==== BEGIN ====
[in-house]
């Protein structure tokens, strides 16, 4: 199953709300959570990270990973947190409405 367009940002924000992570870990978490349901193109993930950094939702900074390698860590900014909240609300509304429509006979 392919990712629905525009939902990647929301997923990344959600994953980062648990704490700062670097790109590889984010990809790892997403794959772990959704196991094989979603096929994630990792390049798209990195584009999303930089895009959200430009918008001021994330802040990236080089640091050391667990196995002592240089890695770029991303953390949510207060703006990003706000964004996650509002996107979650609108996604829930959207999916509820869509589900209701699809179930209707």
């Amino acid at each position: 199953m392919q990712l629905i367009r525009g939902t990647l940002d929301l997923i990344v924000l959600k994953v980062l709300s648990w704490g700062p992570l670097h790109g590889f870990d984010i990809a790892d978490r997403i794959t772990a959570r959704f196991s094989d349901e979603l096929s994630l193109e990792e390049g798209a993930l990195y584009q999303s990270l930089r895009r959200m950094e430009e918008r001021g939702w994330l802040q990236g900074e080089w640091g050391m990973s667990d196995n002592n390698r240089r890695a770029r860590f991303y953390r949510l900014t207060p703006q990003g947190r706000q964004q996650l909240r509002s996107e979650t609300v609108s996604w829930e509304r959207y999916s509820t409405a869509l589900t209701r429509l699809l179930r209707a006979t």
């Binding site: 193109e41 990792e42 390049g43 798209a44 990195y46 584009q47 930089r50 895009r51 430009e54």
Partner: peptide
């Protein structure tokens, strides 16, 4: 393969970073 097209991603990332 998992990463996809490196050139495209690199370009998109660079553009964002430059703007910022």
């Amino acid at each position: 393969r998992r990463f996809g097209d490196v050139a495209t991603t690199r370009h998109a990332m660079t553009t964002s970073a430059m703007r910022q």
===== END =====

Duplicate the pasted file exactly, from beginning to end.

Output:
[in-house]
């Protein structure tokens, strides 16, 4: 199953709300959570990270990973947190409405 367009940002924000992570870990978490349901193109993930950094939702900074390698860590900014909240609300509304429509006979 392919990712629905525009939902990647929301997923990344959600994953980062648990704490700062670097790109590889984010990809790892997403794959772990959704196991094989979603096929994630990792390049798209990195584009999303930089895009959200430009918008001021994330802040990236080089640091050391667990196995002592240089890695770029991303953390949510207060703006990003706000964004996650509002996107979650609108996604829930959207999916509820869509589900209701699809179930209707």
């Amino acid at each position: 199953m392919q990712l629905i367009r525009g939902t990647l940002d929301l997923i990344v924000l959600k994953v980062l709300s648990w704490g700062p992570l670097h790109g590889f870990d984010i990809a790892d978490r997403i794959t772990a959570r959704f196991s094989d349901e979603l096929s994630l193109e990792e390049g798209a993930l990195y584009q999303s990270l930089r895009r959200m950094e430009e918008r001021g939702w994330l802040q990236g900074e080089w640091g050391m990973s667990d196995n002592n390698r240089r890695a770029r860590f991303y953390r949510l900014t207060p703006q990003g947190r706000q964004q996650l909240r509002s996107e979650t609300v609108s996604w829930e509304r959207y999916s509820t409405a869509l589900t209701r429509l699809l179930r209707a006979t």
């Binding site: 193109e41 990792e42 390049g43 798209a44 990195y46 584009q47 930089r50 895009r51 430009e54």
Partner: peptide
């Protein structure tokens, strides 16, 4: 393969970073 097209991603990332 998992990463996809490196050139495209690199370009998109660079553009964002430059703007910022």
């Amino acid at each position: 393969r998992r990463f996809g097209d490196v050139a495209t991603t690199r370009h998109a990332m660079t553009t964002s970073a430059m703007r910022q």